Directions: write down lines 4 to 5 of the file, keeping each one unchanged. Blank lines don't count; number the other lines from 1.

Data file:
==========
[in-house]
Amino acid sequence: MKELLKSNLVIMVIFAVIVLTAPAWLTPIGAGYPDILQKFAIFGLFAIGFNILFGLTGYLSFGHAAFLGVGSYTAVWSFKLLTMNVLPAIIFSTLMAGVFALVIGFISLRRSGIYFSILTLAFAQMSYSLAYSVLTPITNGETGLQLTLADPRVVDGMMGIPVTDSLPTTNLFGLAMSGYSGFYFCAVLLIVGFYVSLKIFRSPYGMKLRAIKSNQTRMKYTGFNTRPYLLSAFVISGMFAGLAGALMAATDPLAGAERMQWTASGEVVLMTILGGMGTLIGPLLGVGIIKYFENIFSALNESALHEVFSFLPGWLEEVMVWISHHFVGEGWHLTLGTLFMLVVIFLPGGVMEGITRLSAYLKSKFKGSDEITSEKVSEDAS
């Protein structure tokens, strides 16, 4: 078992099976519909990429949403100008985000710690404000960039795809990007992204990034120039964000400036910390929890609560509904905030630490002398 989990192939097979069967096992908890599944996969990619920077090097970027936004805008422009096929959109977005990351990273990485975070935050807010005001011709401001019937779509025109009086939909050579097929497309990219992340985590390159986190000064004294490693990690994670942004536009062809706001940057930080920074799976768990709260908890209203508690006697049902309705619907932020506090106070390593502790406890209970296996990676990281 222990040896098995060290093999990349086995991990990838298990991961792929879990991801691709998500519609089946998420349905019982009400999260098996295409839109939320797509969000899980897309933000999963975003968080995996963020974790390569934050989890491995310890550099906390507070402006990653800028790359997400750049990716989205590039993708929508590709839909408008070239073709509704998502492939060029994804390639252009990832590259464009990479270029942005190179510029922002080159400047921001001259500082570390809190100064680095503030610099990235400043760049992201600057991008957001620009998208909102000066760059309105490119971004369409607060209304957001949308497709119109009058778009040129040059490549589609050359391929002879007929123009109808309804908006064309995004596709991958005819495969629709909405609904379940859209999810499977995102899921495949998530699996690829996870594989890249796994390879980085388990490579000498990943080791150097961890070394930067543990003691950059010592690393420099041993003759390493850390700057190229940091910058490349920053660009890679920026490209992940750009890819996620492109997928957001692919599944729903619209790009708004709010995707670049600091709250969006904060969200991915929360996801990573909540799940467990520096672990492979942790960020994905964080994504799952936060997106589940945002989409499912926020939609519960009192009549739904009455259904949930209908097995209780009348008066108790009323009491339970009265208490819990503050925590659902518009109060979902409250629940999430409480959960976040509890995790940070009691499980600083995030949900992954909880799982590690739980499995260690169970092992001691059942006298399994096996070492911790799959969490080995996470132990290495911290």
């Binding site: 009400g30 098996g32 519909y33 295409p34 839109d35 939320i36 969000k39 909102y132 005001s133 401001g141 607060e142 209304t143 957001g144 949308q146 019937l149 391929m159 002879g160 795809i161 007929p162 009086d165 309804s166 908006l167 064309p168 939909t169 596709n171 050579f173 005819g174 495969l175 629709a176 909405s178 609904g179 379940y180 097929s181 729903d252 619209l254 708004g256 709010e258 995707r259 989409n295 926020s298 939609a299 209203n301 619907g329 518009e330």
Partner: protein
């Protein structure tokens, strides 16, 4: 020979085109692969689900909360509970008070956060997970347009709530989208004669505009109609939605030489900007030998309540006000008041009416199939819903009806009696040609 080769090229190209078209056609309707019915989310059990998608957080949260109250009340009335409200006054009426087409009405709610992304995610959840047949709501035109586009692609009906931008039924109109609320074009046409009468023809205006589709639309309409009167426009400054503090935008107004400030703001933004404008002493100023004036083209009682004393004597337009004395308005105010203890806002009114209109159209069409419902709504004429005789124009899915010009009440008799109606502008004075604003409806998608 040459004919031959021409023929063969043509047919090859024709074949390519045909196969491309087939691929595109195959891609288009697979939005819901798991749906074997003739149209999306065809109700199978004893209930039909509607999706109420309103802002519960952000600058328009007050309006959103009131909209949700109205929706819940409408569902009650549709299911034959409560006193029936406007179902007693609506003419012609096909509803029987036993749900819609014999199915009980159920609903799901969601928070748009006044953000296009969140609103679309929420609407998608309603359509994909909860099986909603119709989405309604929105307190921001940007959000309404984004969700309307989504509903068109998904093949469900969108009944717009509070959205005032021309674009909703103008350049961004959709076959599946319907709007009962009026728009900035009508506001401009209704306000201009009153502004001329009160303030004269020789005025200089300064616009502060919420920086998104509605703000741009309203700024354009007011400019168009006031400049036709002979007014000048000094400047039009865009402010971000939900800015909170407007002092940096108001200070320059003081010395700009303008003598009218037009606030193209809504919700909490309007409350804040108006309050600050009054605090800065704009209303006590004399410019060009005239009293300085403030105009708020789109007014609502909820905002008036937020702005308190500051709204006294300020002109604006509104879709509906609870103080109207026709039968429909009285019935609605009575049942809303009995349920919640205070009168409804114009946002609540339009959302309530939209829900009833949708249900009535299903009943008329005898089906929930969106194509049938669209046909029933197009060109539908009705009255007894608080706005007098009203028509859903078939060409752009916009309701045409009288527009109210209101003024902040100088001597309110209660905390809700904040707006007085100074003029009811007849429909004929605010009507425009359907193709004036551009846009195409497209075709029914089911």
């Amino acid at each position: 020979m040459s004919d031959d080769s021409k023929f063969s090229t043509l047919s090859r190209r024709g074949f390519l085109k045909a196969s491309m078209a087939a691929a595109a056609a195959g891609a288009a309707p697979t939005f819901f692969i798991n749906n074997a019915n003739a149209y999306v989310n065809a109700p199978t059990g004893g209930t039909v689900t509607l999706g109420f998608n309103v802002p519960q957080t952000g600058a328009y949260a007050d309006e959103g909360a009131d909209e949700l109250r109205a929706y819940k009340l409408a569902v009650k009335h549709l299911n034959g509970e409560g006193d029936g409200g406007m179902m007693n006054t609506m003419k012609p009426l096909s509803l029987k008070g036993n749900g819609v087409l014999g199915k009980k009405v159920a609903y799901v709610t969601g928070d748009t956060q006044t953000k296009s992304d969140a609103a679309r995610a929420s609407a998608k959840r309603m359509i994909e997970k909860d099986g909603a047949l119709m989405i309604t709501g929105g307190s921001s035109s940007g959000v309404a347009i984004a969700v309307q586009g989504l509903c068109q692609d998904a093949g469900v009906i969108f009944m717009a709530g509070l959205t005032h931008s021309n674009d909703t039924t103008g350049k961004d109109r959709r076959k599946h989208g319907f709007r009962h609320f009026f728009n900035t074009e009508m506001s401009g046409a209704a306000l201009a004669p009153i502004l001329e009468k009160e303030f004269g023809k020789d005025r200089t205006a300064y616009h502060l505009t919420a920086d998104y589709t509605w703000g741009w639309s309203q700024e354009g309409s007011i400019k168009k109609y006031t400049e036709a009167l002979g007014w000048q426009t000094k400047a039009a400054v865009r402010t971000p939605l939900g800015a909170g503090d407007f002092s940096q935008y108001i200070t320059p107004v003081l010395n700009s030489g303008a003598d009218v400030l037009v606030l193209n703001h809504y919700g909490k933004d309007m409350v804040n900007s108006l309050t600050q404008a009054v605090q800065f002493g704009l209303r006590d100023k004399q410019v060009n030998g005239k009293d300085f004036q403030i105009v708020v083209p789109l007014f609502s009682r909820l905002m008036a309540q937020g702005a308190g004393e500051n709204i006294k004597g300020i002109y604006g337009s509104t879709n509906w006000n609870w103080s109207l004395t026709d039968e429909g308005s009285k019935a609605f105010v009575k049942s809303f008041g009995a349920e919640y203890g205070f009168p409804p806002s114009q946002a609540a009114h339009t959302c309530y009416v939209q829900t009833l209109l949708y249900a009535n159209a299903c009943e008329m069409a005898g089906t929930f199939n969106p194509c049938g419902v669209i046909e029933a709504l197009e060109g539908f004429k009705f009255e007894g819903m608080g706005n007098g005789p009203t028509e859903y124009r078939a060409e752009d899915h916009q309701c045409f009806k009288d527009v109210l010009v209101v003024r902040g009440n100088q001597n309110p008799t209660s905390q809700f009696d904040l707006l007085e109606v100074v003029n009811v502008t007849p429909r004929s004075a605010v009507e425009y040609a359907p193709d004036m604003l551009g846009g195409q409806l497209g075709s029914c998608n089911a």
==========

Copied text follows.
């Binding site: 009400g30 098996g32 519909y33 295409p34 839109d35 939320i36 969000k39 909102y132 005001s133 401001g141 607060e142 209304t143 957001g144 949308q146 019937l149 391929m159 002879g160 795809i161 007929p162 009086d165 309804s166 908006l167 064309p168 939909t169 596709n171 050579f173 005819g174 495969l175 629709a176 909405s178 609904g179 379940y180 097929s181 729903d252 619209l254 708004g256 709010e258 995707r259 989409n295 926020s298 939609a299 209203n301 619907g329 518009e330």
Partner: protein